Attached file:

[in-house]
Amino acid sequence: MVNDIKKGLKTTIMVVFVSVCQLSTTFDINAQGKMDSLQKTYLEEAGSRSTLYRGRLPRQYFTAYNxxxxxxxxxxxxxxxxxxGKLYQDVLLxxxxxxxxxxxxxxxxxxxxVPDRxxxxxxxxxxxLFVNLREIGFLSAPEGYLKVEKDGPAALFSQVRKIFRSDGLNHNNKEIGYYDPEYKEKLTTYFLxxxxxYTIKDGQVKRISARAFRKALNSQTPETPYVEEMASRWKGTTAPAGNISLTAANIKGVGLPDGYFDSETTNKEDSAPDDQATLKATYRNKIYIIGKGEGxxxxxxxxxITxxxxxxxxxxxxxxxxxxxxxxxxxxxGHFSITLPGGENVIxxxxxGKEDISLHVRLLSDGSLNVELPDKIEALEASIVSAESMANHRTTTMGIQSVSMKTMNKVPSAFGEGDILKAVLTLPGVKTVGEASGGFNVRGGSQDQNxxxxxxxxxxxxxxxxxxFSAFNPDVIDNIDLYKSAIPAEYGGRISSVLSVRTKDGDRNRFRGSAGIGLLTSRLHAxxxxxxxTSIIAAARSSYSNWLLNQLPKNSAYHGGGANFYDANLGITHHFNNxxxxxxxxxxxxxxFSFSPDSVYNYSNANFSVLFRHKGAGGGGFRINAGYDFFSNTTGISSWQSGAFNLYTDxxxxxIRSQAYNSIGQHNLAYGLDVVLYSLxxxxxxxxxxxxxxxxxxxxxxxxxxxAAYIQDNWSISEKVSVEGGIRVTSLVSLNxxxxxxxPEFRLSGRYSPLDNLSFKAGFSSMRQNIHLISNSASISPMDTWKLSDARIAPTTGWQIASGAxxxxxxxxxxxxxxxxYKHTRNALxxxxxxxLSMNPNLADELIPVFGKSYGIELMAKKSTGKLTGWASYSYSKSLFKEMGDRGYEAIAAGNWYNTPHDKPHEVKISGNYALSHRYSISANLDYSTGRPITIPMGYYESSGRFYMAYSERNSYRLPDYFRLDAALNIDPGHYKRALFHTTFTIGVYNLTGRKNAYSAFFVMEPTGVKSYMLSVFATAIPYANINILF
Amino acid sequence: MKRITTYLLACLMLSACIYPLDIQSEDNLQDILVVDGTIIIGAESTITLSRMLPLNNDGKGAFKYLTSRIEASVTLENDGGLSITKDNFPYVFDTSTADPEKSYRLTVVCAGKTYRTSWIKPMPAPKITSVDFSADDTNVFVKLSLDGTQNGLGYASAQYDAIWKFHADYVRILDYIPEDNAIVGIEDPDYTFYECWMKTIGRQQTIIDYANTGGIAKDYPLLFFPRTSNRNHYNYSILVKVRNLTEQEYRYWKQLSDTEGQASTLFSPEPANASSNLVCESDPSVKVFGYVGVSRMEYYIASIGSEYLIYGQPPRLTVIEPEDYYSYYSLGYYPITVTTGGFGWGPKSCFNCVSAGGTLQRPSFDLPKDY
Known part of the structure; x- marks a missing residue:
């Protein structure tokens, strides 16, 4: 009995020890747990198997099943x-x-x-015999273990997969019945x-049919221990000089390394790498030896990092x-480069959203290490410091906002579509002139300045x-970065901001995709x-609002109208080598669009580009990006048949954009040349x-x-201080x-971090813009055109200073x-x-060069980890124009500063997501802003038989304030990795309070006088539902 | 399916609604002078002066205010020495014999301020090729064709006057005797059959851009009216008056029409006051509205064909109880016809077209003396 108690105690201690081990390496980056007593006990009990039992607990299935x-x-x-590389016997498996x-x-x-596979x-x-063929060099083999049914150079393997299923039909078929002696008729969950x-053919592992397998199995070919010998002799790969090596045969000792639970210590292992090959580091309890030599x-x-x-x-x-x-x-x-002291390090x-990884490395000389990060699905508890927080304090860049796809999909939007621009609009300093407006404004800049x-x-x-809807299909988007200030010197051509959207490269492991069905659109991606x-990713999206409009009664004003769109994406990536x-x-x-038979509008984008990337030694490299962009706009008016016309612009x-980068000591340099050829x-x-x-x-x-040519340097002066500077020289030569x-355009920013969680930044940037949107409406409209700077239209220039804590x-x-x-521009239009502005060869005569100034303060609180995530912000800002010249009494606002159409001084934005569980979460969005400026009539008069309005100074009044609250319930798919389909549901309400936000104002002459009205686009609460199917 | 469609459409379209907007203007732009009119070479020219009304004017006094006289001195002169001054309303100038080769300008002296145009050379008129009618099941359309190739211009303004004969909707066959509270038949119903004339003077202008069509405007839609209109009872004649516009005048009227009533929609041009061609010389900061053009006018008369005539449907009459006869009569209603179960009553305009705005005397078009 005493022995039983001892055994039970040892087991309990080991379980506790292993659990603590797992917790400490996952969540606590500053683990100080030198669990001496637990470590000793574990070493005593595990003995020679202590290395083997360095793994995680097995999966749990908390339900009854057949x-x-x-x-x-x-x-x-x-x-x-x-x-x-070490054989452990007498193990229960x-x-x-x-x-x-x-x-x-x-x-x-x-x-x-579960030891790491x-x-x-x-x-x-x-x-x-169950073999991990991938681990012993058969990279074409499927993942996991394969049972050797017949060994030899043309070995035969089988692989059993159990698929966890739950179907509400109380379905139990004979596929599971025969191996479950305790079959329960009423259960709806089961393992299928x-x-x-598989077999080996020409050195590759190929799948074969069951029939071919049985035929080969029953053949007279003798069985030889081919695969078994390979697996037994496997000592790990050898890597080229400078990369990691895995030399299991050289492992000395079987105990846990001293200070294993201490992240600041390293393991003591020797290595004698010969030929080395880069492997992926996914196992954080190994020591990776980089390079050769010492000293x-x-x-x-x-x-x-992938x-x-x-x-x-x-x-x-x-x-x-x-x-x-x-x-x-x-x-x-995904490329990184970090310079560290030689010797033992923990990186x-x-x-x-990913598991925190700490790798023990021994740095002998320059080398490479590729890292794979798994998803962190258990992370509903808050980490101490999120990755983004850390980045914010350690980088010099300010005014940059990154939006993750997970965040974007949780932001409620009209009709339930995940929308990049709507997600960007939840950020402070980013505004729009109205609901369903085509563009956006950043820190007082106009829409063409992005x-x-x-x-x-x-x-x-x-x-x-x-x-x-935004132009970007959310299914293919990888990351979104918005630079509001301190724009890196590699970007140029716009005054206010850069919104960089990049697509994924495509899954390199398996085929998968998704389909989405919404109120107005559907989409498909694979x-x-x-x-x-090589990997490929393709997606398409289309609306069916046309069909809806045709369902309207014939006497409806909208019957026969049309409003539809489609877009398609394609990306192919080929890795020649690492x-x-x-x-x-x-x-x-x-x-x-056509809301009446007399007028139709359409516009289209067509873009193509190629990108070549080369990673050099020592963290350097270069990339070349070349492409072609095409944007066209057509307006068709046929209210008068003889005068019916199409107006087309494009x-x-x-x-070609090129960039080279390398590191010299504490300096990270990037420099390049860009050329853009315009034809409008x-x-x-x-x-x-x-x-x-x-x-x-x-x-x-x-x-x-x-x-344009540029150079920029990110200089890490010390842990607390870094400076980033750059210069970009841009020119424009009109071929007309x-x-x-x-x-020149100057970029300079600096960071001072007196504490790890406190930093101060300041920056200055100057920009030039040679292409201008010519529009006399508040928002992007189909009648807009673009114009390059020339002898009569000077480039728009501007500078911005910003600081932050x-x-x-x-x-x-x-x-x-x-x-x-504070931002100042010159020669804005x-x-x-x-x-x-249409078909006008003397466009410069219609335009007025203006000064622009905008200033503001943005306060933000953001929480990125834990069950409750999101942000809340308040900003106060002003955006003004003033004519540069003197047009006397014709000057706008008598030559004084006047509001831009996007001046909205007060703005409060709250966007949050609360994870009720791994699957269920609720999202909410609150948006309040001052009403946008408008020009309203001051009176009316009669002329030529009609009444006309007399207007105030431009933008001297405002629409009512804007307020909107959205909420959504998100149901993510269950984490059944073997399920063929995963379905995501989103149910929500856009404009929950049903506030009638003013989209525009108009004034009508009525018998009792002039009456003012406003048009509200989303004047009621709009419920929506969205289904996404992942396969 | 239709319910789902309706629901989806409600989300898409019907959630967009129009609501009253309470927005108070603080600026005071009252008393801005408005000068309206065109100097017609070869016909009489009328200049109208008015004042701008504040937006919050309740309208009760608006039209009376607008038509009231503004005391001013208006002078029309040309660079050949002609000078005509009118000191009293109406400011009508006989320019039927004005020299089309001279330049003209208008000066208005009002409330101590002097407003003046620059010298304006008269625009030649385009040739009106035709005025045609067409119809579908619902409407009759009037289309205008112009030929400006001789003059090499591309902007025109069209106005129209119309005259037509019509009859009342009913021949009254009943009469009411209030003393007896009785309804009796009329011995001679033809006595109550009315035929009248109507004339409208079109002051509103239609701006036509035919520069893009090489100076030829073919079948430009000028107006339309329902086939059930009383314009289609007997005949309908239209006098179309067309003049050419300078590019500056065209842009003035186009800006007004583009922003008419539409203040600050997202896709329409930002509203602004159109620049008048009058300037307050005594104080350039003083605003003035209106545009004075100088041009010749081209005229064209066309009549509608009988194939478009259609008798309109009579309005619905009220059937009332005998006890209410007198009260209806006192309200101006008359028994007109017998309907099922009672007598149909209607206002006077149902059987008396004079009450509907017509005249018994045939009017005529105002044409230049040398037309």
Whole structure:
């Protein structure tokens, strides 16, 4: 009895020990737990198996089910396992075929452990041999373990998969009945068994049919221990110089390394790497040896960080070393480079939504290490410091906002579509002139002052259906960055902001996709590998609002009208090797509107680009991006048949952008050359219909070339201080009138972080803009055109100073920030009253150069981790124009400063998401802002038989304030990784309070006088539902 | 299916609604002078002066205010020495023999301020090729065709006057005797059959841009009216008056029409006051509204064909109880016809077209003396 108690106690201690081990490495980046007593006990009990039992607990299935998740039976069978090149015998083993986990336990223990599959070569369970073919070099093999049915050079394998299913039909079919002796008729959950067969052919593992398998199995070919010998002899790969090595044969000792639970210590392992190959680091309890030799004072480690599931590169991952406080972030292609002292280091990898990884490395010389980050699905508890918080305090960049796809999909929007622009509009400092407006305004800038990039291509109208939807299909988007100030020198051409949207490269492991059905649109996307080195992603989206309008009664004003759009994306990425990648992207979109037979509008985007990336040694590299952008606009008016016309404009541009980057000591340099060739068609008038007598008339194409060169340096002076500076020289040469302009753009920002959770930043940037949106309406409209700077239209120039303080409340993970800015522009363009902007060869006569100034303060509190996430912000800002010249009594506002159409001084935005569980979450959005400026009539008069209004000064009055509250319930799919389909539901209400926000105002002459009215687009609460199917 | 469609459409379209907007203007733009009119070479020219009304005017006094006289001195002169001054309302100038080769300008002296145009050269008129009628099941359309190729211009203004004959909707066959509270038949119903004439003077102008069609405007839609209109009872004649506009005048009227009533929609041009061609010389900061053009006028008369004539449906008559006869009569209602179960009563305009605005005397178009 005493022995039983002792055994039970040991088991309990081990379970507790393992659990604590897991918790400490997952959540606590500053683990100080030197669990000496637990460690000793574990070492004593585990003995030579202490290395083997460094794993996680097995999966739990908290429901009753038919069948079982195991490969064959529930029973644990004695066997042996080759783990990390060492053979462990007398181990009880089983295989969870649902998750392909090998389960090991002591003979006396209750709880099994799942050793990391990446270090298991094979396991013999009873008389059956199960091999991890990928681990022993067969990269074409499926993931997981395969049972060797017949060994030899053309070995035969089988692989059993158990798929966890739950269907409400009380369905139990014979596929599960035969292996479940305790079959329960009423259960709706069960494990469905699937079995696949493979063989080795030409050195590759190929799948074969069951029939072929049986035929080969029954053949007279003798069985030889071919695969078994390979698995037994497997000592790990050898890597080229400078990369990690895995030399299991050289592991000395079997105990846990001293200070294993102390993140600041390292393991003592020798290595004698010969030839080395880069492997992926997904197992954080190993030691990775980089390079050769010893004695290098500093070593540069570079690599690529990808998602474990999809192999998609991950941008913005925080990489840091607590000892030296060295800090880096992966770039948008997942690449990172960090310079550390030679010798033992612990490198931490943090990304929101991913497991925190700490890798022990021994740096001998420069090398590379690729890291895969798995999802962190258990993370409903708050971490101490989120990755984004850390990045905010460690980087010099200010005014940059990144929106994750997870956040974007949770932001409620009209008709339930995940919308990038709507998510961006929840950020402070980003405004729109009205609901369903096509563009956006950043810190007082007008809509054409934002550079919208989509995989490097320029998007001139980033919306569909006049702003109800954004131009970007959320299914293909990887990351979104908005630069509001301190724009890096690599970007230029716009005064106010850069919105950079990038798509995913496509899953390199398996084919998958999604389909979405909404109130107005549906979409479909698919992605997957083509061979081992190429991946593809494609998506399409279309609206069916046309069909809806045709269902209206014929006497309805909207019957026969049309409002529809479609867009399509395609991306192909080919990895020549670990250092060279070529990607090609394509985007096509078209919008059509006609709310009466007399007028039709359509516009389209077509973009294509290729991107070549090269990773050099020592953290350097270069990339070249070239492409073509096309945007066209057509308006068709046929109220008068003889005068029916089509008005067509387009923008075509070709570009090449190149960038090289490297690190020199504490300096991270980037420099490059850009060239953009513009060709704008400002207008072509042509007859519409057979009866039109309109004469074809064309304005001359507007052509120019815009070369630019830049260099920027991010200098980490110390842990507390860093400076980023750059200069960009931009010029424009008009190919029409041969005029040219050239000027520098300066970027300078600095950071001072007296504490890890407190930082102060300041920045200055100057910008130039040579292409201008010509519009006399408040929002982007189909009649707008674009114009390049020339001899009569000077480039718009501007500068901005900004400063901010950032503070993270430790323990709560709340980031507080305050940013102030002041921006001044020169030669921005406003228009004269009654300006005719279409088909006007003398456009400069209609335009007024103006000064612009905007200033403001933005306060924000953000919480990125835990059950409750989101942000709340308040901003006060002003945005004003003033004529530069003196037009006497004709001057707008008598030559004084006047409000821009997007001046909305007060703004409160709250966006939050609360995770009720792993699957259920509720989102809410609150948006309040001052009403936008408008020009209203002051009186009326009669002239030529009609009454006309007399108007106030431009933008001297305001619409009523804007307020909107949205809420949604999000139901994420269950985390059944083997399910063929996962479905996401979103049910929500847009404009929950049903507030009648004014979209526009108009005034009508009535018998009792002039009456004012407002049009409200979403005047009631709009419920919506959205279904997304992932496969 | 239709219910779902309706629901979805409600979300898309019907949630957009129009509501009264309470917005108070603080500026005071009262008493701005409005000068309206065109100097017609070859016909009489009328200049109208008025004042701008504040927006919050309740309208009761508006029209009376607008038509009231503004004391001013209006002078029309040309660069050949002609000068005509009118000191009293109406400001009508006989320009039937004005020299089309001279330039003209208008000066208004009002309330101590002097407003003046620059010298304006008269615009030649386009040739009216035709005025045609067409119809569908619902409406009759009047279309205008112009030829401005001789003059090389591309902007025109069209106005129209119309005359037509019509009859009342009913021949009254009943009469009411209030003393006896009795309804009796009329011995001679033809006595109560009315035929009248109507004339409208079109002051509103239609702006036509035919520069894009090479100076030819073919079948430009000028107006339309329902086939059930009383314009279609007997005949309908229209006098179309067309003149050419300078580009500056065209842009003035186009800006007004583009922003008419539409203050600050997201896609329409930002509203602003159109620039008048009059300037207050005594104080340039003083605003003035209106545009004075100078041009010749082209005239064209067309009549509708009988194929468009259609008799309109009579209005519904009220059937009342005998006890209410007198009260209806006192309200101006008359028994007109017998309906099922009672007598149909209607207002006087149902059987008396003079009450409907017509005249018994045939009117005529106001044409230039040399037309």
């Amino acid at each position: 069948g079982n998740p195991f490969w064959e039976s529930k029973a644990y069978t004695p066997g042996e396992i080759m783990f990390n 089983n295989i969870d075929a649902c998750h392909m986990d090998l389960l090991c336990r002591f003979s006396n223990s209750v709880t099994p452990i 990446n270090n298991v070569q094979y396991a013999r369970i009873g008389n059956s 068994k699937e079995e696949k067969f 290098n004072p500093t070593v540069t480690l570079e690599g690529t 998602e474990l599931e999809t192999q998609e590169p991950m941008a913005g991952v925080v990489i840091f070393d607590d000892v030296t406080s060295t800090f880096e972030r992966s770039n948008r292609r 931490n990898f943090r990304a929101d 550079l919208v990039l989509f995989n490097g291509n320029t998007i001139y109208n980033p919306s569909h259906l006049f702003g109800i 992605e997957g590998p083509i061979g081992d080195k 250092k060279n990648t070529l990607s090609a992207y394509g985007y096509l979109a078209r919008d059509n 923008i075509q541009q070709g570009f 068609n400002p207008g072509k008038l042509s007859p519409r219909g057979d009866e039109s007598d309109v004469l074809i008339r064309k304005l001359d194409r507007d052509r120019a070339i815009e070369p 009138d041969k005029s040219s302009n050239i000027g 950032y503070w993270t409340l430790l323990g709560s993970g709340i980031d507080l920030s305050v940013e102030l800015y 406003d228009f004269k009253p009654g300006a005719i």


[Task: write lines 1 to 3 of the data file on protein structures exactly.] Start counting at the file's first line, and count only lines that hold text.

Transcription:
[in-house]
Amino acid sequence: MVNDIKKGLKTTIMVVFVSVCQLSTTFDINAQGKMDSLQKTYLEEAGSRSTLYRGRLPRQYFTAYNxxxxxxxxxxxxxxxxxxGKLYQDVLLxxxxxxxxxxxxxxxxxxxxVPDRxxxxxxxxxxxLFVNLREIGFLSAPEGYLKVEKDGPAALFSQVRKIFRSDGLNHNNKEIGYYDPEYKEKLTTYFLxxxxxYTIKDGQVKRISARAFRKALNSQTPETPYVEEMASRWKGTTAPAGNISLTAANIKGVGLPDGYFDSETTNKEDSAPDDQATLKATYRNKIYIIGKGEGxxxxxxxxxITxxxxxxxxxxxxxxxxxxxxxxxxxxxGHFSITLPGGENVIxxxxxGKEDISLHVRLLSDGSLNVELPDKIEALEASIVSAESMANHRTTTMGIQSVSMKTMNKVPSAFGEGDILKAVLTLPGVKTVGEASGGFNVRGGSQDQNxxxxxxxxxxxxxxxxxxFSAFNPDVIDNIDLYKSAIPAEYGGRISSVLSVRTKDGDRNRFRGSAGIGLLTSRLHAxxxxxxxTSIIAAARSSYSNWLLNQLPKNSAYHGGGANFYDANLGITHHFNNxxxxxxxxxxxxxxFSFSPDSVYNYSNANFSVLFRHKGAGGGGFRINAGYDFFSNTTGISSWQSGAFNLYTDxxxxxIRSQAYNSIGQHNLAYGLDVVLYSLxxxxxxxxxxxxxxxxxxxxxxxxxxxAAYIQDNWSISEKVSVEGGIRVTSLVSLNxxxxxxxPEFRLSGRYSPLDNLSFKAGFSSMRQNIHLISNSASISPMDTWKLSDARIAPTTGWQIASGAxxxxxxxxxxxxxxxxYKHTRNALxxxxxxxLSMNPNLADELIPVFGKSYGIELMAKKSTGKLTGWASYSYSKSLFKEMGDRGYEAIAAGNWYNTPHDKPHEVKISGNYALSHRYSISANLDYSTGRPITIPMGYYESSGRFYMAYSERNSYRLPDYFRLDAALNIDPGHYKRALFHTTFTIGVYNLTGRKNAYSAFFVMEPTGVKSYMLSVFATAIPYANINILF
Amino acid sequence: MKRITTYLLACLMLSACIYPLDIQSEDNLQDILVVDGTIIIGAESTITLSRMLPLNNDGKGAFKYLTSRIEASVTLENDGGLSITKDNFPYVFDTSTADPEKSYRLTVVCAGKTYRTSWIKPMPAPKITSVDFSADDTNVFVKLSLDGTQNGLGYASAQYDAIWKFHADYVRILDYIPEDNAIVGIEDPDYTFYECWMKTIGRQQTIIDYANTGGIAKDYPLLFFPRTSNRNHYNYSILVKVRNLTEQEYRYWKQLSDTEGQASTLFSPEPANASSNLVCESDPSVKVFGYVGVSRMEYYIASIGSEYLIYGQPPRLTVIEPEDYYSYYSLGYYPITVTTGGFGWGPKSCFNCVSAGGTLQRPSFDLPKDY